One of the mysteries of the English language finally explained.
1A soldier armed with a musket.
- ‘The re-enactments by members of the English Civil War Society will feature musketeers, pikemen and cavalry, with the occasional cannon shot.’
- ‘Pikemen stood on guard with their 16 feet long weapons and musketeers cleaned their matchlock muskets ready for the later mock battles.’
- ‘Eliminating the match speeded up fire-drill significantly, but it also allowed the musketeers to be packed far more closely in their units.’
- ‘They equipped their troops as sailors, artillerists, musketeers as specified by the Crown.’
- ‘Effective as these weapons were, infantrymen still needed forked stands as props for aiming and firing; and since they were slow to load, pikemen had to be included in battalions to protect musketeers from enemy cavalry charges.’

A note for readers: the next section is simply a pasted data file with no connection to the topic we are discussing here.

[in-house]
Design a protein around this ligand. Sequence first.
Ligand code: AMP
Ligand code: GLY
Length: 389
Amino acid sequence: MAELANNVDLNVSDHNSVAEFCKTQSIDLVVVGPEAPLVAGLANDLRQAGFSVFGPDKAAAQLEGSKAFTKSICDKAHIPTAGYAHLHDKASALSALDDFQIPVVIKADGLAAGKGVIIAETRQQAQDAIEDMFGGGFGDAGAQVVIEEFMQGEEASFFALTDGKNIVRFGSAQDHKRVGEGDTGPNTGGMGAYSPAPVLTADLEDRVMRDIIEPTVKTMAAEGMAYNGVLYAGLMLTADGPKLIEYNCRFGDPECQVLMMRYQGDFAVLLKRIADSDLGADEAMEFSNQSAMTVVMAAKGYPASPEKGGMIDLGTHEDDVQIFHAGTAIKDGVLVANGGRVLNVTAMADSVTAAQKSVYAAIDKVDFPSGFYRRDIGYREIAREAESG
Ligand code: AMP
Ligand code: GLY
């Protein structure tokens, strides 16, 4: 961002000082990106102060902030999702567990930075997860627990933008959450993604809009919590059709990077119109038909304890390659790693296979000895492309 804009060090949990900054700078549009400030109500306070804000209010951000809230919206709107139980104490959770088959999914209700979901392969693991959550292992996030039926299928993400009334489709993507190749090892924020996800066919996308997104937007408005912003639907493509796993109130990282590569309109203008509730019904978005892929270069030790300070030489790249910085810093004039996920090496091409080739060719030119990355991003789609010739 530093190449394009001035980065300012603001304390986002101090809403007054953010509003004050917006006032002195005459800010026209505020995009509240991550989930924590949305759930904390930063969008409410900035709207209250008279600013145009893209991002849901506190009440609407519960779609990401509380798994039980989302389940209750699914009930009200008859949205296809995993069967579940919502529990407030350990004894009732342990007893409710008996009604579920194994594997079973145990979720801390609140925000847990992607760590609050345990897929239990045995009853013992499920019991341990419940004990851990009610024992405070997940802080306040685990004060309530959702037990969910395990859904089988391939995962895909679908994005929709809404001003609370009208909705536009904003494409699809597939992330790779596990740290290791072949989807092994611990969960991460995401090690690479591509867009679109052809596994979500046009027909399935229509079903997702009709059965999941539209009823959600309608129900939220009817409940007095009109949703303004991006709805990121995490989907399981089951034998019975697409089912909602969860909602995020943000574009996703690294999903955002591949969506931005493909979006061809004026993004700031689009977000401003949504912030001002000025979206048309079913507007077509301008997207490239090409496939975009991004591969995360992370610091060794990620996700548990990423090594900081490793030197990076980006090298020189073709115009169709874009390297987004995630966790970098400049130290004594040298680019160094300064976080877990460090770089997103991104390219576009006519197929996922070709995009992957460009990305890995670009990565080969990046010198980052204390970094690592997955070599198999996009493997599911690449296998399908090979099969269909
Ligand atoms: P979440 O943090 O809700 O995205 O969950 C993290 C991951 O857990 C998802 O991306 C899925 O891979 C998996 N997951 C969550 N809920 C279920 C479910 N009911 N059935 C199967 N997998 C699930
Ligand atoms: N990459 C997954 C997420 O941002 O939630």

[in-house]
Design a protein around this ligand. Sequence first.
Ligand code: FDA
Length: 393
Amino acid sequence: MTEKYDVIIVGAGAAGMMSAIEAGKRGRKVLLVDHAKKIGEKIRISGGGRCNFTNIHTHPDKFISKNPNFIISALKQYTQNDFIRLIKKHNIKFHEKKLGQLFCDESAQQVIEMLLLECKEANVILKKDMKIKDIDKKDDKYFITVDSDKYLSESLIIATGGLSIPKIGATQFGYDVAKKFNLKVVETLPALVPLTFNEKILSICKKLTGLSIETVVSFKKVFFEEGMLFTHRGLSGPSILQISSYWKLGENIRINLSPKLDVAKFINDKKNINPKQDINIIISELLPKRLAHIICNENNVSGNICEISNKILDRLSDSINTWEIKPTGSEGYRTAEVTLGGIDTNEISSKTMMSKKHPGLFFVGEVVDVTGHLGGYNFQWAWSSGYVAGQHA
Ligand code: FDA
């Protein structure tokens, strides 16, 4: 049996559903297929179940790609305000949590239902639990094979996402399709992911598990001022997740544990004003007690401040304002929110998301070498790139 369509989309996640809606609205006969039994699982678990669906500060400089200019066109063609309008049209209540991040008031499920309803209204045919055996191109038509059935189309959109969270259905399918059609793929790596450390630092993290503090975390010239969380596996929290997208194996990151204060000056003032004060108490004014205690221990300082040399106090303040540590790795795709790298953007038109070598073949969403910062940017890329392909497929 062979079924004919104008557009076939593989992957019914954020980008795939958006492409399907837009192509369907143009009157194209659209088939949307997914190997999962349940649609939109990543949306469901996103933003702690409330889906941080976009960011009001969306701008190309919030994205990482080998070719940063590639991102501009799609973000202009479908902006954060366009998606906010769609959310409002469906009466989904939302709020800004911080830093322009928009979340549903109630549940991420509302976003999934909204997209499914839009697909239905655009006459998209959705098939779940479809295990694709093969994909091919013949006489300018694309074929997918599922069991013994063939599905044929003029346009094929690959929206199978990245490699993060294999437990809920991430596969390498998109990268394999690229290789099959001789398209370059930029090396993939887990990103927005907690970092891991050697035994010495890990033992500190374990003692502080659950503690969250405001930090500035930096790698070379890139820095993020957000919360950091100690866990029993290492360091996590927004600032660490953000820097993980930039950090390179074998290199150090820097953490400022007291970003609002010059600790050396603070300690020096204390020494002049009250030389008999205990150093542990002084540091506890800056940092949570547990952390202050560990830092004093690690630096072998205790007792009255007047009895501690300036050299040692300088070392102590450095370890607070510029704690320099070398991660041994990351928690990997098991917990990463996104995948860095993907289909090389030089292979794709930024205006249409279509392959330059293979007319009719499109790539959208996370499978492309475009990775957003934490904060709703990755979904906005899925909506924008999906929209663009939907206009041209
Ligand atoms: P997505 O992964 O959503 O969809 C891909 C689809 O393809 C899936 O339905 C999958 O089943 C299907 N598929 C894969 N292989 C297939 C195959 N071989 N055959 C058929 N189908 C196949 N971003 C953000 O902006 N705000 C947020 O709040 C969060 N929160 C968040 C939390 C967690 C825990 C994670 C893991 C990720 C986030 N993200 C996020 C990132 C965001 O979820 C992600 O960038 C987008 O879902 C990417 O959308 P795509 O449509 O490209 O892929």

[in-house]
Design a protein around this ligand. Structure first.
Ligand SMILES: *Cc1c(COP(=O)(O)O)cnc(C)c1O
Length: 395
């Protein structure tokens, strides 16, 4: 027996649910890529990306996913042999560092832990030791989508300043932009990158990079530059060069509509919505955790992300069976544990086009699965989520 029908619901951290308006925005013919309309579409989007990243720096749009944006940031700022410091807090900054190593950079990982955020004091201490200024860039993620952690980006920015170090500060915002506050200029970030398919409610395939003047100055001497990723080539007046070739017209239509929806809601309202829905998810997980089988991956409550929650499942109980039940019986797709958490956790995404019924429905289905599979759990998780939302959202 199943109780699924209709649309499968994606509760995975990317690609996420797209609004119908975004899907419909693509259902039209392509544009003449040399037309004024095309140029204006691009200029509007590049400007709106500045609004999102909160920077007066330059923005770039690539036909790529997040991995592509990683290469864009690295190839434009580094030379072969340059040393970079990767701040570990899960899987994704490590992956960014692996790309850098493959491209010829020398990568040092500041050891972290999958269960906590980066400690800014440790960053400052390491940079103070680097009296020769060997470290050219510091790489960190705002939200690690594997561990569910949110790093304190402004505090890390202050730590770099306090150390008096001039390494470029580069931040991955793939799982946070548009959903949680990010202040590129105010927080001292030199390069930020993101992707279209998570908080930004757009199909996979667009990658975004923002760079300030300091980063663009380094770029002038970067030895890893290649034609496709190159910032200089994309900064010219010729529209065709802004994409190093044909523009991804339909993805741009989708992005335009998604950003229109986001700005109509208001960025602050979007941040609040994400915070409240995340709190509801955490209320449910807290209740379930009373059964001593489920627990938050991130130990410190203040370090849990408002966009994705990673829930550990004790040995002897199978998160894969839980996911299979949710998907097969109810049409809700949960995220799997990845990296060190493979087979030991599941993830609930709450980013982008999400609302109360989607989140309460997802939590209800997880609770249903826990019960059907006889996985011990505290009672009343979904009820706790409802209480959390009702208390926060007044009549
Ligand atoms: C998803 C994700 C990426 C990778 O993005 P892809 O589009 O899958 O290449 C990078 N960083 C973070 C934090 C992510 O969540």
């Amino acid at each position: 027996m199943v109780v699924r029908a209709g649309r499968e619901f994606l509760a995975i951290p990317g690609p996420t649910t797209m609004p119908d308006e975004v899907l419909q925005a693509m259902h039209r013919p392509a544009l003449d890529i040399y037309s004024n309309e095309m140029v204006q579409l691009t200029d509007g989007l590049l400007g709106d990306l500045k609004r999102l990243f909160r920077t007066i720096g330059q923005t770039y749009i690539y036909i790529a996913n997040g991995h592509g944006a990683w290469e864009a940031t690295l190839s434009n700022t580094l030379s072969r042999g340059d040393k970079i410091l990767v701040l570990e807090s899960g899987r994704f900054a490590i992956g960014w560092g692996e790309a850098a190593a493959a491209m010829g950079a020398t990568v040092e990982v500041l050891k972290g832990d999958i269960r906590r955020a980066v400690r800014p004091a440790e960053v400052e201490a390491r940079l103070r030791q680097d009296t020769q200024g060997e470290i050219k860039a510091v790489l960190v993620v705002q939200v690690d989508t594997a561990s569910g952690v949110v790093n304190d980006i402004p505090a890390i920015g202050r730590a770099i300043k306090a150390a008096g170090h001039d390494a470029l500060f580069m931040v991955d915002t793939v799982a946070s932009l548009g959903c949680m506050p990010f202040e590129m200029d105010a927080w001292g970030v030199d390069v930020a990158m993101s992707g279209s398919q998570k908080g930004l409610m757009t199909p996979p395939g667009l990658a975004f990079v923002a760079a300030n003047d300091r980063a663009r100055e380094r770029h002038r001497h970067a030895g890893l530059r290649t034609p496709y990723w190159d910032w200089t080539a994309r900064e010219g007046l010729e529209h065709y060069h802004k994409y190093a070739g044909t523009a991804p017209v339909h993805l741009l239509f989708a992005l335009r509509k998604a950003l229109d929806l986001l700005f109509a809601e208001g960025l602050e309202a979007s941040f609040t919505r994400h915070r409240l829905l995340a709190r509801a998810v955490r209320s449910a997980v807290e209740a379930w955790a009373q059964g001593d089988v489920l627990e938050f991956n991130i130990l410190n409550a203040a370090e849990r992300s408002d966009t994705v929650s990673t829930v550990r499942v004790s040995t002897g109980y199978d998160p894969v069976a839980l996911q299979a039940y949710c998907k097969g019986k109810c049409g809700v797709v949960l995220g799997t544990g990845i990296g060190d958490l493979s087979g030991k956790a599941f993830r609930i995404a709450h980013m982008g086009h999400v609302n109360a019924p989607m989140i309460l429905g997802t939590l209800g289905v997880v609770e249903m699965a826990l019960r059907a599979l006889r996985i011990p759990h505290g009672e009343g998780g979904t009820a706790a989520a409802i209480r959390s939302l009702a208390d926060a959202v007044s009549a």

2A member of the household troops of the French king in the 17th and 18th centuries.
- ‘The series follows the life of the musketeers as they train at the musketeer's academy in order to protect France's Sun King, who became monarch at the age of five.’
- ‘Apparently, King Louis XIII's loyal musketeers have been disgraced and now hide out among the townspeople.’
- ‘They all protect the young king, who lives vicariously through the musketeers ' exploits.’
- ‘‘Indeed my Lady, it was taken from a French musketeer just minutes after I had killed him,’ he swung it in the air several times, watching with a boyish smile as the nuns cringed.’
- ‘In that famous clash in Flanders in 1745, aristocratic officers from both the British and French armies strolled between the lines of musketeers, chivalrously inviting the other side to fire first.’
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